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Canadian Aquatic Rehab Instructors


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2014

Cognition/Dual Task 

Schaefer SY, Louder TJ, Foster S, Bressel E. Effect of Water Immersion on Dual-task Performance: Implications for Aquatic Therapy. 2015 Physiother. Res. Int. DOI: 10.1002/pri.1628

 

Cross-over design study to investigate and compare cognitive and motor+cognitive performance of static standing in land and chest-deep water (30 °C). Twenty-two (22) healthy participants, ~26 y.o., and one healthy 73 y.o. female with mild cognitive impairment (24/30 on MMSE). All participants first sat to complete an auditory vigilance test of 90 seconds on land. This same set up was replicated in chest deep water; then the task was done in static standing on land and in water, immersed to chest level. 

 

Results: Listening errors were consistently different with more on land than in water (P<0.002). Centre of pressure (CoP) remained consistent in the water between single and dual-tasks but on land the dual-task CoP swayed 33% more with the dual-task. CoP was greater in the water (as expected with off-loading).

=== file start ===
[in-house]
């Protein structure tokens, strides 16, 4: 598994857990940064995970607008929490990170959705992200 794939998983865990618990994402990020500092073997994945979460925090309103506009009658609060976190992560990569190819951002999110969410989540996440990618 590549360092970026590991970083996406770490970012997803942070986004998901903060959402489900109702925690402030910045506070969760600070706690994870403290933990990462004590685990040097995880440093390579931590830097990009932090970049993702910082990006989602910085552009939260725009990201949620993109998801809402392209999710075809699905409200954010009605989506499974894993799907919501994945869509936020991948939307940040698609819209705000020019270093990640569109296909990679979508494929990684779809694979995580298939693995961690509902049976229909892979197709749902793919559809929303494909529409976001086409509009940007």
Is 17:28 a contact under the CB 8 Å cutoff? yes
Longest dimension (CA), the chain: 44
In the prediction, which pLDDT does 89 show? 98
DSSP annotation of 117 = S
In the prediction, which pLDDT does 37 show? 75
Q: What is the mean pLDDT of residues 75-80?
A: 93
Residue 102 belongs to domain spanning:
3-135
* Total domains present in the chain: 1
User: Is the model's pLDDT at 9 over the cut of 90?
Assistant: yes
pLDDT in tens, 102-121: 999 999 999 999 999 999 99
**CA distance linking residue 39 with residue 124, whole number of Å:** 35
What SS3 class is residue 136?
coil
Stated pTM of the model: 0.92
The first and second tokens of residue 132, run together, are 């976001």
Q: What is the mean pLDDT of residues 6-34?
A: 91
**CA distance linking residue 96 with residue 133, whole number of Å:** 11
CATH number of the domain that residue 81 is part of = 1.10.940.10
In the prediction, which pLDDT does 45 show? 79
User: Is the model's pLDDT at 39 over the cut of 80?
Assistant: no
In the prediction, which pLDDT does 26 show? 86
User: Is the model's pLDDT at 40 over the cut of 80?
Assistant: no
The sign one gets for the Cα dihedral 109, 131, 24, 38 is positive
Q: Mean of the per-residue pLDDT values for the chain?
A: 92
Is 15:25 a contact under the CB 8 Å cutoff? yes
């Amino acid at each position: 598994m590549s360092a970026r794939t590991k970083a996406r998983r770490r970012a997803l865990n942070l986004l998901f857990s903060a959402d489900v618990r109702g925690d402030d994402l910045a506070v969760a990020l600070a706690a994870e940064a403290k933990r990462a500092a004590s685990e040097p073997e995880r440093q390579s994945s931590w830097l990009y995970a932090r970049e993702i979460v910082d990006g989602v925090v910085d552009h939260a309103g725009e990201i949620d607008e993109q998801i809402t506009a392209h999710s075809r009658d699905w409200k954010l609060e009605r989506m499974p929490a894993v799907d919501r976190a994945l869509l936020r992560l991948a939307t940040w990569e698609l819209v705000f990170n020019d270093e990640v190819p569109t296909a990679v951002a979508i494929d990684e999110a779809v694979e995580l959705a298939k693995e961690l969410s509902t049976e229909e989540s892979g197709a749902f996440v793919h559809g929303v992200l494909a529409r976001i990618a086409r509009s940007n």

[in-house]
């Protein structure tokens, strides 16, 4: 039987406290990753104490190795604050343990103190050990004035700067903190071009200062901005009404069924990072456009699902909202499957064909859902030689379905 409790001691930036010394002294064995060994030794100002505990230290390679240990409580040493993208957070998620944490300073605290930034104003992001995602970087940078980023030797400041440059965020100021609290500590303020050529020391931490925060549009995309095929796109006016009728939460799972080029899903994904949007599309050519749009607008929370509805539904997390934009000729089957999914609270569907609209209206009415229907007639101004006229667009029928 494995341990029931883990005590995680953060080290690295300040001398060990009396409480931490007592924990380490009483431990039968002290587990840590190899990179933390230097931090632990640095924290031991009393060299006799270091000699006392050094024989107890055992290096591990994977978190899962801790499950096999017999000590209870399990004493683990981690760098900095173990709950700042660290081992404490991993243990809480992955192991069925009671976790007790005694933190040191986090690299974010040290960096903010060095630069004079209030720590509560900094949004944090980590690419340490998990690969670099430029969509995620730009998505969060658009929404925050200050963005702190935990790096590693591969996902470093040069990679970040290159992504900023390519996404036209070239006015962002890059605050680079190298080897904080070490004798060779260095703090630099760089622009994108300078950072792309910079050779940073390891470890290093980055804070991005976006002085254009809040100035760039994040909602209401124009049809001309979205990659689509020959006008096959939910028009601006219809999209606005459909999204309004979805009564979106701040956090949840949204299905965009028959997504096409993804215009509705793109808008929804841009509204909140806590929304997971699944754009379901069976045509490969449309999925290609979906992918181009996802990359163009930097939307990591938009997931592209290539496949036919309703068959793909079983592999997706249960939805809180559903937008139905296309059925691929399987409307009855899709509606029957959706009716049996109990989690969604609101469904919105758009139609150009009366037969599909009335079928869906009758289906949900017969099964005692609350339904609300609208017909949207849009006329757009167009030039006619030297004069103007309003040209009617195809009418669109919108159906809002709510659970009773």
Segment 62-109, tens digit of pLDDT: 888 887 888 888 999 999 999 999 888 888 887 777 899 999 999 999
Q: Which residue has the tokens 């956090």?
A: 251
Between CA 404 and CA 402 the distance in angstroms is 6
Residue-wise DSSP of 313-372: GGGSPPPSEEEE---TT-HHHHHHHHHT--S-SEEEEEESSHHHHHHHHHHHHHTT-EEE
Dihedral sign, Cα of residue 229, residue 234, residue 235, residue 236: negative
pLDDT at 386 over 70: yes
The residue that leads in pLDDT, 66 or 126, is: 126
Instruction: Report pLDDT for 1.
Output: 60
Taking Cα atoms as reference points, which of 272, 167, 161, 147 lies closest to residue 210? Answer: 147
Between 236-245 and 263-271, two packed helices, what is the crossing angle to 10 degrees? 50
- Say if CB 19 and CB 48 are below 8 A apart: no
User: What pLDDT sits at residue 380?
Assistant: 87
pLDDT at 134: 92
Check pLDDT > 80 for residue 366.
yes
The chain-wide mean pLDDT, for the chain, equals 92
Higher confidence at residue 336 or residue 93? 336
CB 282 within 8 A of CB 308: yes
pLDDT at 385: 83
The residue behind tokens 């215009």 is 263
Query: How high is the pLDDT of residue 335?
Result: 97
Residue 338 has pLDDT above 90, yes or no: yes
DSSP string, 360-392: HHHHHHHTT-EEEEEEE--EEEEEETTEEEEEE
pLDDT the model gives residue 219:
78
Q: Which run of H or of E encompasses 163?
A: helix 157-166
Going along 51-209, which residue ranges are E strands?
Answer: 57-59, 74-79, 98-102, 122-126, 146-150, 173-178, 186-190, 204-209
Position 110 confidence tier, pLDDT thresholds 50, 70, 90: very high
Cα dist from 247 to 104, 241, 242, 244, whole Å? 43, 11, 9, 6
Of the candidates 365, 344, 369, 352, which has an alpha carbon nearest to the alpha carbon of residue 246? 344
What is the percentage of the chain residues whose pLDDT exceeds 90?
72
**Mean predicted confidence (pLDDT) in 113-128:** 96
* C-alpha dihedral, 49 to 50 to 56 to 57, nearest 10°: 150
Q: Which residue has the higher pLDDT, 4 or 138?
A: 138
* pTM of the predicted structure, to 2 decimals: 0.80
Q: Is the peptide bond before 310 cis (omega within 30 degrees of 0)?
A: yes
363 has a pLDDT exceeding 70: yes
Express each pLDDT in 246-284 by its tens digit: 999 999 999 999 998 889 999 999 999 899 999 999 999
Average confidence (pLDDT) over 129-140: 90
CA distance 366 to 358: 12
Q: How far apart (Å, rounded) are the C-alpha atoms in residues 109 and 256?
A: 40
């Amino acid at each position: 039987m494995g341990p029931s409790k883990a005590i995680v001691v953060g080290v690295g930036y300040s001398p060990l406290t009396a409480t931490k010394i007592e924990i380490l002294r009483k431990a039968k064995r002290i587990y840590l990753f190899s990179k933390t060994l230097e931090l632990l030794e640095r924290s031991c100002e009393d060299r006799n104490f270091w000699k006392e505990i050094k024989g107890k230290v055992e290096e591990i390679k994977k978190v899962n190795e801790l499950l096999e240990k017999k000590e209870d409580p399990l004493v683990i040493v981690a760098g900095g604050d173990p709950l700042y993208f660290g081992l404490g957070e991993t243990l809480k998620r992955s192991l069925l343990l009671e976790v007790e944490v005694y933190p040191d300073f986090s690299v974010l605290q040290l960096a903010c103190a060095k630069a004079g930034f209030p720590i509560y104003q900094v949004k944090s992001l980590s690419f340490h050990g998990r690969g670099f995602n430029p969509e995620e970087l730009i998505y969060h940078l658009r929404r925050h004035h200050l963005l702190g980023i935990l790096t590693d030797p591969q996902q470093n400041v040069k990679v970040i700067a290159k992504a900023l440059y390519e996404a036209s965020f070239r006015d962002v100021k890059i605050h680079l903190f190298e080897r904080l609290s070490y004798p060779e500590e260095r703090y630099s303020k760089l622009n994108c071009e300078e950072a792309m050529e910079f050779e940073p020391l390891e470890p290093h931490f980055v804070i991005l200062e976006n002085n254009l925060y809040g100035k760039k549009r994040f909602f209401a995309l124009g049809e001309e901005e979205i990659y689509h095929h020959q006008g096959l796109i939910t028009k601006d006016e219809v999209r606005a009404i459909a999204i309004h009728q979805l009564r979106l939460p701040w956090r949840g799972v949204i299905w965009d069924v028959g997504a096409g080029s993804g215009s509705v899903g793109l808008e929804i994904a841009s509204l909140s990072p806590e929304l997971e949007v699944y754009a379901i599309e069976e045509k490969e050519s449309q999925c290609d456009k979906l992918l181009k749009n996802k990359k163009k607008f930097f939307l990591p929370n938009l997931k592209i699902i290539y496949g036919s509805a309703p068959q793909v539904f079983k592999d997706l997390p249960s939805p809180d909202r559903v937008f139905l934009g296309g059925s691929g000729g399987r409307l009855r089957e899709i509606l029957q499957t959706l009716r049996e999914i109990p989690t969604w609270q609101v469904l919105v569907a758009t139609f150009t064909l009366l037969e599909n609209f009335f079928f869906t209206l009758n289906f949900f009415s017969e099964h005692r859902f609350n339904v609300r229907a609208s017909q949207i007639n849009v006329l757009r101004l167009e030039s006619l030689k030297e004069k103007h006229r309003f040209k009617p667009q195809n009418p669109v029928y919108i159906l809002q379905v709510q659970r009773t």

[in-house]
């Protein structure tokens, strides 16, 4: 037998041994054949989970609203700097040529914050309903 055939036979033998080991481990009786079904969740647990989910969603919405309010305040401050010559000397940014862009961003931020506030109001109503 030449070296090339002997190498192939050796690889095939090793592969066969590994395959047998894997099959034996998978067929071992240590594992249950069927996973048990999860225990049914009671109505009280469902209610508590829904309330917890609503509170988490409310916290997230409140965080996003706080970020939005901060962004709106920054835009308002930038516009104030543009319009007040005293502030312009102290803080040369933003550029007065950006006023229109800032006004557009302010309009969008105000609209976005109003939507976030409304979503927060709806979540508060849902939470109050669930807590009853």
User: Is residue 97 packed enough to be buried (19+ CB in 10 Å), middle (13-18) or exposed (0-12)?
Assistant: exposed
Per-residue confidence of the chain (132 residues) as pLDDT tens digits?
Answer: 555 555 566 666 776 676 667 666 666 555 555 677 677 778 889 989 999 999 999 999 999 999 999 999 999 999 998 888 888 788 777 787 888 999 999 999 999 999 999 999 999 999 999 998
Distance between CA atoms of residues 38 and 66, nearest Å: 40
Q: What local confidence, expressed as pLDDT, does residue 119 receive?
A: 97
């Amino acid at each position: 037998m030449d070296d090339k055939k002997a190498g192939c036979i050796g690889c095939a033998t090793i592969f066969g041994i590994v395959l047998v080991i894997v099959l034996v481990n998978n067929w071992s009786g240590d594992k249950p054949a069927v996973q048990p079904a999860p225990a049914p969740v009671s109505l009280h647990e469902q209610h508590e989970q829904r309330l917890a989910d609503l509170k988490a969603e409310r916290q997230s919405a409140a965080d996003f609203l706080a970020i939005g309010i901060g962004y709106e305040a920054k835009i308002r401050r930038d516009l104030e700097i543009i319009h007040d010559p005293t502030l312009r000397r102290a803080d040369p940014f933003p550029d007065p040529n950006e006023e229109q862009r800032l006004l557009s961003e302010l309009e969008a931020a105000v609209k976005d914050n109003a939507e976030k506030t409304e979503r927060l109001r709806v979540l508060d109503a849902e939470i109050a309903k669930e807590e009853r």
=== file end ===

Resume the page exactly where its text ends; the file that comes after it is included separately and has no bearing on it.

Take-Home Message: This is one more study to demonstrate the physiological effects of immersion: higher sensorimotor brain activity, haemodynamic shift affecting baroreflexes, heart rate variability – all these activate the parasympathetic drive.  Water immersion may be a viable and time- effective environment for challenging cognitive function and balance within the same therapy session.

Further studies should include individuals with cognitive deficit; test more difficult cognitive and/or motor challenges (tandem, unilat stance).